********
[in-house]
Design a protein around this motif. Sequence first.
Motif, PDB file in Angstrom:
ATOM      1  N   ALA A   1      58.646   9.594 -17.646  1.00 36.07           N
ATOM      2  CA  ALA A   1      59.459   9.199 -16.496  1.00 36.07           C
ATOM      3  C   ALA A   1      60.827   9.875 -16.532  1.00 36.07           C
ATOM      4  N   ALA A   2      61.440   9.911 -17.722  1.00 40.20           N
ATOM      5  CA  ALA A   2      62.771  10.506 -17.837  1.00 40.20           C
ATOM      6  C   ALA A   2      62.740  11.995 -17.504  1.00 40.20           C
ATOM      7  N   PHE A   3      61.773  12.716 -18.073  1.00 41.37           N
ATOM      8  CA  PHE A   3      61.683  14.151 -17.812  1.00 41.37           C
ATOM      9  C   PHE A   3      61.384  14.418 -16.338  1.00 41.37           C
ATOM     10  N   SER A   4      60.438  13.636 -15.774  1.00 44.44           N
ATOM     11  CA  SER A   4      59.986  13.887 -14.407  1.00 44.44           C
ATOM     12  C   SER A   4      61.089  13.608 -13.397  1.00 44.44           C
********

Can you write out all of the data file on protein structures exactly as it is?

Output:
[in-house]
Design a protein around this motif. Sequence first.
Motif, PDB file in Angstrom:
ATOM      1  N   ALA A   1      58.646   9.594 -17.646  1.00 36.07           N
ATOM      2  CA  ALA A   1      59.459   9.199 -16.496  1.00 36.07           C
ATOM      3  C   ALA A   1      60.827   9.875 -16.532  1.00 36.07           C
ATOM      4  N   ALA A   2      61.440   9.911 -17.722  1.00 40.20           N
ATOM      5  CA  ALA A   2      62.771  10.506 -17.837  1.00 40.20           C
ATOM      6  C   ALA A   2      62.740  11.995 -17.504  1.00 40.20           C
ATOM      7  N   PHE A   3      61.773  12.716 -18.073  1.00 41.37           N
ATOM      8  CA  PHE A   3      61.683  14.151 -17.812  1.00 41.37           C
ATOM      9  C   PHE A   3      61.384  14.418 -16.338  1.00 41.37           C
ATOM     10  N   SER A   4      60.438  13.636 -15.774  1.00 44.44           N
ATOM     11  CA  SER A   4      59.986  13.887 -14.407  1.00 44.44           C
ATOM     12  C   SER A   4      61.089  13.608 -13.397  1.00 44.44           C